The Messianic Line
A Succinct Summary of the Book
The purpose of this Book is twofold. Its purview is God’s promise to Abraham regarding his seeds and to David regarding his Davidic Messianic patrilineal (that is, male-only) divine line, which was eventually fulfilled through the birth of the Son of God, the MESSIAH, Jesus. Secondly, it attempts to answer the question that results from the differences between the two genealogies in the Gospels of Matthew (1:1-16) and Luke (3:23-38).
In order to achieve this mundane but profound objective, we must start with the story of the first couple, Adam and Eve, who lived in the Garden of Eden. Then we proceed to God’s call for Abraham, instructing him to move from Haran to Canaan, “unto a land that I will shew thee”, with a promise to give him a great name, to make him a blessing, to bless those who bless him, and curse those who cursed him and finally to give him the Promised Land and through his descendants to bless all the families of the earth with a Redeemer. (Gen. 12:1-9; Gen. 13:14-17; Gen.15:7, 18; Gen.17:5-8).
We will subsequently take a cursory look at Abraham and his descendants/lineage with a return to Adam and Eve. We will trace the lineage of their son Seth directly to Abraham.
Given the number of persons involved from Adam to the fulfillment of the two promises, I can only make short and brief references to the quality of the character, shortcomings, and obedience to divine commandments (in the sight of God) of the people considered significant and God’s choices for the lineage of his son, Jesus Christ.
In pursuit of uniformity and ease of reading, I’ve adopted Matthew’s descending-order format to present the lineage in both Gospels. In 0fairness to Luke—who presents it in ascending order—I also adopted his genealogy format from Adam (the first earthly man; Gen.1:26) to Jesus (the heavenly/Spiritual man; Luke 1:26-38; cf. Luke 1:18,20,23). In addition, I accept Luke’s coverage of the complete history of God’s redemption beginning with Adam and Eve, not Abraham, for the following reasons:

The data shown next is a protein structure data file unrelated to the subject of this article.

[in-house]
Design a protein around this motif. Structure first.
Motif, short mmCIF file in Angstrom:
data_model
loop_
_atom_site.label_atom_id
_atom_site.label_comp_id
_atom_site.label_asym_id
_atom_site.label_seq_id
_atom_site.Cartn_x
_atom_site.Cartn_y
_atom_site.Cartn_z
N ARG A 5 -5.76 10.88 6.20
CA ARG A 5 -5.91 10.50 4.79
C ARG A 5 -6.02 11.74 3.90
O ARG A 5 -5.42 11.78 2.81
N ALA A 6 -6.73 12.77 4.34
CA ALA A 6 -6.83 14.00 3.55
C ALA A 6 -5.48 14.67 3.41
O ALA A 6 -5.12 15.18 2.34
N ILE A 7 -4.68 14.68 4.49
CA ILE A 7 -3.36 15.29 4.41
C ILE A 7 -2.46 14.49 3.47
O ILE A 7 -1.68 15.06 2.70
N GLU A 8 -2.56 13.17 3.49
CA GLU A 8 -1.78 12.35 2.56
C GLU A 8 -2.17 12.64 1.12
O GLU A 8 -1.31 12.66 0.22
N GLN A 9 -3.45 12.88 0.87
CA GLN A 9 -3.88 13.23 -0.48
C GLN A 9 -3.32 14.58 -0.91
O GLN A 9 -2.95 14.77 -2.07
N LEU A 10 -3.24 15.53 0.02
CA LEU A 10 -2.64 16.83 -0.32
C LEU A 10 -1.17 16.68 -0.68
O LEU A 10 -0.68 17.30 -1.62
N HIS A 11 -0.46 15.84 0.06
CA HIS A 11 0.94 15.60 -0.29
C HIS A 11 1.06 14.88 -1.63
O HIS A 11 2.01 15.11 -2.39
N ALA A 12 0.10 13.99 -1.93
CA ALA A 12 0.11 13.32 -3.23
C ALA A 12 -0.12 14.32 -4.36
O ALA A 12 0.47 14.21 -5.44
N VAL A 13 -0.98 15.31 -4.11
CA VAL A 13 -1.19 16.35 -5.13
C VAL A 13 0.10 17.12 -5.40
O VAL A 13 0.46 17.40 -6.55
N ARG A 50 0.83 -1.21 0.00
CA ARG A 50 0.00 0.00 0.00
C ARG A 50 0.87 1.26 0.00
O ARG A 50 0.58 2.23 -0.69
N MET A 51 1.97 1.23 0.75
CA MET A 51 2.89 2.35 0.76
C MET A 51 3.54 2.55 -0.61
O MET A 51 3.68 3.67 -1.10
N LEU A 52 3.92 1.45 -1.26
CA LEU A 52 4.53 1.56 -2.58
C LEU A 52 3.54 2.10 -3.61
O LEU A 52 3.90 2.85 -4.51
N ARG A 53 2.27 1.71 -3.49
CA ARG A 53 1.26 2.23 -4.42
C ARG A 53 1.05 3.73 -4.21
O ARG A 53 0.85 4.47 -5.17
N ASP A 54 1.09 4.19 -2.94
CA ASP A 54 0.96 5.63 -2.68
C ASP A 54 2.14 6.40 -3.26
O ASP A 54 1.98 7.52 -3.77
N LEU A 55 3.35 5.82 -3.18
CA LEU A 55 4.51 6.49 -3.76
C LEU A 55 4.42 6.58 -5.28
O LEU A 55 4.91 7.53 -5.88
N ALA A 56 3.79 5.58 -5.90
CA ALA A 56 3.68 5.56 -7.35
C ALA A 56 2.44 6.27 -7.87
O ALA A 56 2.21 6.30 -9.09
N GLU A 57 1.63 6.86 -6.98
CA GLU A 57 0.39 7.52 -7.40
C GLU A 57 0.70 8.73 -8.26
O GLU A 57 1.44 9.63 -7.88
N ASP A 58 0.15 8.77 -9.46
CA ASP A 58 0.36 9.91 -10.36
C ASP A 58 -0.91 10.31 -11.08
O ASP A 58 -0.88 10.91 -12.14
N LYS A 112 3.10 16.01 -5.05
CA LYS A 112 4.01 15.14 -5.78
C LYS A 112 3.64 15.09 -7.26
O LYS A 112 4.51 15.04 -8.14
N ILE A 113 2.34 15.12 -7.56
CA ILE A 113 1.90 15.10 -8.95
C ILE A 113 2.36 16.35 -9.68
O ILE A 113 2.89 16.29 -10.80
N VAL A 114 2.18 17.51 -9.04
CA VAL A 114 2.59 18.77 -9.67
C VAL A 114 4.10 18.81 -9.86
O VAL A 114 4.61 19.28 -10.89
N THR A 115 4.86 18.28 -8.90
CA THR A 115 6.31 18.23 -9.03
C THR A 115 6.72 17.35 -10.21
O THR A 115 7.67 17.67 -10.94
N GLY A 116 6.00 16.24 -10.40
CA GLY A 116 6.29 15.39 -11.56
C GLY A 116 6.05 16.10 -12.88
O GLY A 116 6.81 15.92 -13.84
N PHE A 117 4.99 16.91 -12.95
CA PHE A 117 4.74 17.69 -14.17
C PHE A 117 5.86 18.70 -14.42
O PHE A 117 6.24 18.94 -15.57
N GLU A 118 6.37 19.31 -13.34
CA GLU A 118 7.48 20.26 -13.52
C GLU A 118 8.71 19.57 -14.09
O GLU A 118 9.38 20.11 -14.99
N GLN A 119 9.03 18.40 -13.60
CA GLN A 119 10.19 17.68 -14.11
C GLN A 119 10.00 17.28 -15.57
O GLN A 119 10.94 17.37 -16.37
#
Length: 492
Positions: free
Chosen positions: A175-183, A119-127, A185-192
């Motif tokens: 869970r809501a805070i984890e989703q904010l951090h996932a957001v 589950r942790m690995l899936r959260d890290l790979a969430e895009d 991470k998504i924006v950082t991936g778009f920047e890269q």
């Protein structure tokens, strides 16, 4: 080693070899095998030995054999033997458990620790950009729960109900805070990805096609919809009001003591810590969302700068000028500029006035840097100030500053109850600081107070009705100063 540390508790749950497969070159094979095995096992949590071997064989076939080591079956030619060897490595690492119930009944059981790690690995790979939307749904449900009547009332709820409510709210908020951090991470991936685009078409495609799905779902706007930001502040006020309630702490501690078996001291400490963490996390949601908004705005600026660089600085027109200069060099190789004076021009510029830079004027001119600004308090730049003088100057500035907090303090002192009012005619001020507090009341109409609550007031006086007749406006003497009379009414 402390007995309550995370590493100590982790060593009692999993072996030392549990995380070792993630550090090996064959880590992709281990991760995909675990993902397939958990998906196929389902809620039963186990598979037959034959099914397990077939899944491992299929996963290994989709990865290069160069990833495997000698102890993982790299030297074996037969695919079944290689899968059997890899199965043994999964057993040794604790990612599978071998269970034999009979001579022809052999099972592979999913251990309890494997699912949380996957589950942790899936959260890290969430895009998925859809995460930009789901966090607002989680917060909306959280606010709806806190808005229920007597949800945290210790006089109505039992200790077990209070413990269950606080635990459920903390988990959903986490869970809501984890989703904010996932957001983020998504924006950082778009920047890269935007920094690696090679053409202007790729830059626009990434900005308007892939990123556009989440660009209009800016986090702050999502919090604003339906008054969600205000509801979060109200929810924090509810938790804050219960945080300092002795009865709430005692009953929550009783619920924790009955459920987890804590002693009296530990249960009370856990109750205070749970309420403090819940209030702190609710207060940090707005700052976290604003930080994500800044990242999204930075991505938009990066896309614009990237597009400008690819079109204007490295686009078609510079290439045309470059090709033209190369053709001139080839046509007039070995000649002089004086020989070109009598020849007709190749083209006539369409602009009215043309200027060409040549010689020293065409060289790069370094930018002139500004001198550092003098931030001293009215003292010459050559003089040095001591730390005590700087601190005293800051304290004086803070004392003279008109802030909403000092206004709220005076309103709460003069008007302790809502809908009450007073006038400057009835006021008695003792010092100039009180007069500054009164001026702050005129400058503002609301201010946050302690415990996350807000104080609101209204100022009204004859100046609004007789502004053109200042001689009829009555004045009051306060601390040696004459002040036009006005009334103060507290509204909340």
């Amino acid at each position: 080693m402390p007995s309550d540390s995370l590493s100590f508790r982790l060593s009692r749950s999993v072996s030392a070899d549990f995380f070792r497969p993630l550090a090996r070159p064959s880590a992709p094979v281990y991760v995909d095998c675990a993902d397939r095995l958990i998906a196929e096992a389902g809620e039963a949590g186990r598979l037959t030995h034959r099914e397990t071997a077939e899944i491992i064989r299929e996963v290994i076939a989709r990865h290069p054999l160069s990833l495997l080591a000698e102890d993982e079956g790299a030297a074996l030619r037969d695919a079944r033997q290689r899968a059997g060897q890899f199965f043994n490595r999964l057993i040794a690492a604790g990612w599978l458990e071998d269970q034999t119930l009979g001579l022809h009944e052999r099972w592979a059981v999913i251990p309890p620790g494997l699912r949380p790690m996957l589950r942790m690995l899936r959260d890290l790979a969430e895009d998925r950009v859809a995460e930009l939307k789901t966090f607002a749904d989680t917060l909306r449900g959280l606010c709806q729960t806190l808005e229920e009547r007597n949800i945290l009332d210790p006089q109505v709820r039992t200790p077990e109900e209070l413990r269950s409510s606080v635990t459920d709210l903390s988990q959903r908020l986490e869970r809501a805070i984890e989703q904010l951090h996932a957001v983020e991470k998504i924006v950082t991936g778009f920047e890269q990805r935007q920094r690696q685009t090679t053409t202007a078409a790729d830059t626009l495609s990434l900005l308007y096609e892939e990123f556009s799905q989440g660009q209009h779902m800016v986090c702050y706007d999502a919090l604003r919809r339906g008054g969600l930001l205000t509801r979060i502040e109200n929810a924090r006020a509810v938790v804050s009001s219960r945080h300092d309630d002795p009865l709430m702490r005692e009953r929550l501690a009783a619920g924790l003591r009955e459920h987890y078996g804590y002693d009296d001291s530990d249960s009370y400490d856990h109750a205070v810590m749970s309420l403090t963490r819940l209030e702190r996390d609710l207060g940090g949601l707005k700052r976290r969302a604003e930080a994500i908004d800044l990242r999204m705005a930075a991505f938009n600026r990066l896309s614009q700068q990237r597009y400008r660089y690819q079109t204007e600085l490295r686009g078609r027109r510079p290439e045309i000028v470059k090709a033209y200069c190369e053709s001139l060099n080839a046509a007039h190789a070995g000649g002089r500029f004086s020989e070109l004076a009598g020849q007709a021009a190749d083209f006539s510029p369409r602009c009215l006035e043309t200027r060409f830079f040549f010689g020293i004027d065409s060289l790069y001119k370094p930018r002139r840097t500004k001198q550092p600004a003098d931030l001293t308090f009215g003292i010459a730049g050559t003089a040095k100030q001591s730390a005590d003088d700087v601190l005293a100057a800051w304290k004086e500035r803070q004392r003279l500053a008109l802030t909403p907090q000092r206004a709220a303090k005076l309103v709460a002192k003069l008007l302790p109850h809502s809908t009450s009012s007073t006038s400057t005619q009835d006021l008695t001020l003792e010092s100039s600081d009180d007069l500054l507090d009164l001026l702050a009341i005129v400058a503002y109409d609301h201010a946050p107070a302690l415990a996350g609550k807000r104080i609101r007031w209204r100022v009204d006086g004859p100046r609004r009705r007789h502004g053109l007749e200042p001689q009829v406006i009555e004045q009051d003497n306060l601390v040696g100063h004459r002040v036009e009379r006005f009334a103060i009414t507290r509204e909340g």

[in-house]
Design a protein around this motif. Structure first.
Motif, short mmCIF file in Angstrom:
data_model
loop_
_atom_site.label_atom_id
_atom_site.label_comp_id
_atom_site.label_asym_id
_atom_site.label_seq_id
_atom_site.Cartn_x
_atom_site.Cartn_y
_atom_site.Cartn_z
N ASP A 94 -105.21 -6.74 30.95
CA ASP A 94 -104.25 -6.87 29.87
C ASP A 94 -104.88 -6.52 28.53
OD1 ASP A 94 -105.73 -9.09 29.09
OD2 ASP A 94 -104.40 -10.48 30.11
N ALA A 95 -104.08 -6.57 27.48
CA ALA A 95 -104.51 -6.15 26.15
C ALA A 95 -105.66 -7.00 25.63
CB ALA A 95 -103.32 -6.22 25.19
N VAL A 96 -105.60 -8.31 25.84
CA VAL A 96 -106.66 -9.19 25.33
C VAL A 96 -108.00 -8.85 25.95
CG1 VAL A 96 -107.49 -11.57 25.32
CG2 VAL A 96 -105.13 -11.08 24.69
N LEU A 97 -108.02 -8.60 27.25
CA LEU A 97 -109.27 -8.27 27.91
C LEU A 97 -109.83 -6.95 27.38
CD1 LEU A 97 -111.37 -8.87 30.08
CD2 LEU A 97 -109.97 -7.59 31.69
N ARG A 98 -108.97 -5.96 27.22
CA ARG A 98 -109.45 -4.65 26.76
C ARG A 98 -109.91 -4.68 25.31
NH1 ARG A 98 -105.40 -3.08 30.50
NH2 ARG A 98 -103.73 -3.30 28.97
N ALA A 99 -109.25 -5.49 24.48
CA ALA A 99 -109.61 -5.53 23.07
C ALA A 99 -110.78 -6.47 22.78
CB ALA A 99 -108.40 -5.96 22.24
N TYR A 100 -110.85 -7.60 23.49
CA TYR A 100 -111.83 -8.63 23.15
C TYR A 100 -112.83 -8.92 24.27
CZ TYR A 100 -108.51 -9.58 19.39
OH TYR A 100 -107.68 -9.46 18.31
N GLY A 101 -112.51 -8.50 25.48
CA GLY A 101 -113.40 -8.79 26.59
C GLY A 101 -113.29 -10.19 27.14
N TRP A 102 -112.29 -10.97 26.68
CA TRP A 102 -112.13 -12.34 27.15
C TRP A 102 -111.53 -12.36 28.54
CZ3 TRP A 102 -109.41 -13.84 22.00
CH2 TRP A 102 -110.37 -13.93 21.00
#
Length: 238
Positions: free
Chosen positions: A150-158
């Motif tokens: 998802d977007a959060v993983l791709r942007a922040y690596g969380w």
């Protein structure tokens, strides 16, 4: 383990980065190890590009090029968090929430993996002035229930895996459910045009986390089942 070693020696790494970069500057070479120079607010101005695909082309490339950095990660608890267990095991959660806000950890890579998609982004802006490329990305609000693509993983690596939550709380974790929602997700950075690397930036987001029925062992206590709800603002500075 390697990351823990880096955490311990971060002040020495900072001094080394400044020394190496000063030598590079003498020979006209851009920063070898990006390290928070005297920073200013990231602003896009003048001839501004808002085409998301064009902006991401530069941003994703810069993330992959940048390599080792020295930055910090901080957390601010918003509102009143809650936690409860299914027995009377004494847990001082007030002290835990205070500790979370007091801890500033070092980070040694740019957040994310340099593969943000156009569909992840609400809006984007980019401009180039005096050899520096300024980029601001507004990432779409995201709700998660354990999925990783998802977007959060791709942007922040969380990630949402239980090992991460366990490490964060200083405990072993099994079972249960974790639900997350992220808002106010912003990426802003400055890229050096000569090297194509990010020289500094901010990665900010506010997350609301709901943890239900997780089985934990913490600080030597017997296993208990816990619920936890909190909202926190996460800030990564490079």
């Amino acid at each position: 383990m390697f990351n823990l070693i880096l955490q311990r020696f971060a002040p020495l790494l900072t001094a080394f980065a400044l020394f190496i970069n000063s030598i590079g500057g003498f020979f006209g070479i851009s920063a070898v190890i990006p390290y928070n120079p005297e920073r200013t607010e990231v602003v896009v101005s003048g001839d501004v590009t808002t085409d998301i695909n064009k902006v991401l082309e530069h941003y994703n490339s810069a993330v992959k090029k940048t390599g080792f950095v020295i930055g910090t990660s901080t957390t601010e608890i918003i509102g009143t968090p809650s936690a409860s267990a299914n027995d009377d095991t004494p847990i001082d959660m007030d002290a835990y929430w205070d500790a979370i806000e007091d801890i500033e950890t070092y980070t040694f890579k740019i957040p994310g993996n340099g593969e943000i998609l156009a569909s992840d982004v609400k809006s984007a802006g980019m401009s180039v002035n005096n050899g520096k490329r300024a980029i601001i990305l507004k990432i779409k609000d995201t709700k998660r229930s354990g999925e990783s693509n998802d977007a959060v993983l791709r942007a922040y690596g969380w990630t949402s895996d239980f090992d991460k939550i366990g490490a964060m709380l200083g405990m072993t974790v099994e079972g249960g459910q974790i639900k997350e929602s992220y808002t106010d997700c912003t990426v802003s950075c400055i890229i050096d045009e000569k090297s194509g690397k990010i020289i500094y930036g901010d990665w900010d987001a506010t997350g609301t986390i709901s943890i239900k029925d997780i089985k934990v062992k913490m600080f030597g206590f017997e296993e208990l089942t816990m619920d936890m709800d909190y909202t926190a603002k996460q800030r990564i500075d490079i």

God first showed the path to salvation for a fallen mankind through the promise of the “seed” of the woman: “I will put enmity between thee and the woman, and between thy seed and her seed; it shall bruise thy head, and thou shalt bruise his heel” (Gen. 3:15).
The words “her seed” refer to Jesus Christ, who would be conceived through Mary by the power of the Holy Spirit (Matt. 1:18). Christ came through virgin Mary as a seed of woman and not of man; “Therefore the Lord himself shall give you a sign; Behold a virgin shall conceive, and bear a son, and shall call his name Immanuel” (Isa. 7:14; cf. Luke 1:30-35). The promise of the woman’s seed was expanded to the covenant with Noah (Gen. 6:18; 9:8-17) and with Abraham (Gen. 12:1-3; 22:15-18). It then developed into the Sinaitic covenant— a conditional covenant of works, written on a stone given to Moses on Mount Sinai (Ex. 24:1-8; Deut. 29:1) whereby God promised to “… forgive their iniquity”(Ex.34:6-7)—and, finally, to the Davidic covenant --- unconditional covenant of grace based on the atoning works of Jesus Christ, where God declared “… But this shall be the covenant that I will make with the house of Israel;…I will put my law in their inward parts, and write it in their hearts; and will be their God, and they shall be my people. And they shall teach no more every man his neighbour, and every man his brother, saying, know the Lord: for they shall all know me… for I will forgive their iniquity, and I will remember their sin no more” (Jer. 31:31-34; 2 Sam. 7:11-16; 1 Chr. 17:10-14). The important features of the universality of the knowledge of God, vital inwardness of his laws and the fact that “I will remember their sin no more”, that is the full guarantee of forgiveness of sin, are what make the New Covenant unique and superior to the Sinaitic one.
All of the above covenants are eternal. They became “promises.” God promised a “seed.” This promise was fulfilled in Jesus Christ, and it was contained in the covenant ratified by God (Gal. 3:16-17). From the foundation of the world, God had a plan for man’s redemption through his only begotten son, Jesus Christ. He manifested this divine plan in sanctified1 human genealogy of a chosen “…to them who are the called according to his purpose…he did foreknow, he also did predestinate to be conformed to the image of his son, that he might be the firstborn among many brethren…whom he did predestinate, them he also called; and whom he called, them he also justified: and whom he justified, them he also glorified (Rom.8:28-30), until “…when the fulness of the time was come, God sent forth his son, made of a woman, made under the law…that we might receive the adoption of sons” (Gal. 4:4-5).
Sanctified—set apart, declare Holy or separate for God’s purposes.